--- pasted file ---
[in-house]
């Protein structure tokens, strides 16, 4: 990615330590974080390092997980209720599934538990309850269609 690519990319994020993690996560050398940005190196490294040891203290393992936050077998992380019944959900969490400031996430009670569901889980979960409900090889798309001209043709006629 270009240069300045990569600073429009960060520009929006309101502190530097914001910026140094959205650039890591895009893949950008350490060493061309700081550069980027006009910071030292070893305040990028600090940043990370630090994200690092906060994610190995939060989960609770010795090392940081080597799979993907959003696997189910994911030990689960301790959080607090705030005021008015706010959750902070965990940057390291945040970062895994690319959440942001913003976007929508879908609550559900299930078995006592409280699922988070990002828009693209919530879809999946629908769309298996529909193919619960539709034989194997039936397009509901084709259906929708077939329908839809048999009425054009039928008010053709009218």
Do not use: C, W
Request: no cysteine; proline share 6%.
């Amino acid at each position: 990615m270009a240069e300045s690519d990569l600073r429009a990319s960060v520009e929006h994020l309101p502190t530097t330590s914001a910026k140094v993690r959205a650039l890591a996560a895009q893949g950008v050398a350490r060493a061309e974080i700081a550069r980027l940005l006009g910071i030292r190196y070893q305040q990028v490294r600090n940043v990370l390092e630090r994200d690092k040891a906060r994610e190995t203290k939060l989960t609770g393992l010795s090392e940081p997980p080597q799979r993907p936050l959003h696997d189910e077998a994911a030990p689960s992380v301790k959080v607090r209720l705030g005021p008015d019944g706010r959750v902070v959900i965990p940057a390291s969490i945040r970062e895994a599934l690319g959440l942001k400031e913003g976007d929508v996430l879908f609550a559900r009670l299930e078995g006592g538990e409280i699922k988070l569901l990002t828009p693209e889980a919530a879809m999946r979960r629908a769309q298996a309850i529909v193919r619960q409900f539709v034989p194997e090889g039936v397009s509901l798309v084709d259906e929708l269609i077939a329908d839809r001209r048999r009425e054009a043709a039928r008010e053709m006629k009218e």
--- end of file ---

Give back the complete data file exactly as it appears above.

[in-house]
């Protein structure tokens, strides 16, 4: 990615330590974080390092997980209720599934538990309850269609 690519990319994020993690996560050398940005190196490294040891203290393992936050077998992380019944959900969490400031996430009670569901889980979960409900090889798309001209043709006629 270009240069300045990569600073429009960060520009929006309101502190530097914001910026140094959205650039890591895009893949950008350490060493061309700081550069980027006009910071030292070893305040990028600090940043990370630090994200690092906060994610190995939060989960609770010795090392940081080597799979993907959003696997189910994911030990689960301790959080607090705030005021008015706010959750902070965990940057390291945040970062895994690319959440942001913003976007929508879908609550559900299930078995006592409280699922988070990002828009693209919530879809999946629908769309298996529909193919619960539709034989194997039936397009509901084709259906929708077939329908839809048999009425054009039928008010053709009218």
Do not use: C, W
Request: no cysteine; proline share 6%.
């Amino acid at each position: 990615m270009a240069e300045s690519d990569l600073r429009a990319s960060v520009e929006h994020l309101p502190t530097t330590s914001a910026k140094v993690r959205a650039l890591a996560a895009q893949g950008v050398a350490r060493a061309e974080i700081a550069r980027l940005l006009g910071i030292r190196y070893q305040q990028v490294r600090n940043v990370l390092e630090r994200d690092k040891a906060r994610e190995t203290k939060l989960t609770g393992l010795s090392e940081p997980p080597q799979r993907p936050l959003h696997d189910e077998a994911a030990p689960s992380v301790k959080v607090r209720l705030g005021p008015d019944g706010r959750v902070v959900i965990p940057a390291s969490i945040r970062e895994a599934l690319g959440l942001k400031e913003g976007d929508v996430l879908f609550a559900r009670l299930e078995g006592g538990e409280i699922k988070l569901l990002t828009p693209e889980a919530a879809m999946r979960r629908a769309q298996a309850i529909v193919r619960q409900f539709v034989p194997e090889g039936v397009s509901l798309v084709d259906e929708l269609i077939a329908d839809r001209r048999r009425e054009a043709a039928r008010e053709m006629k009218e």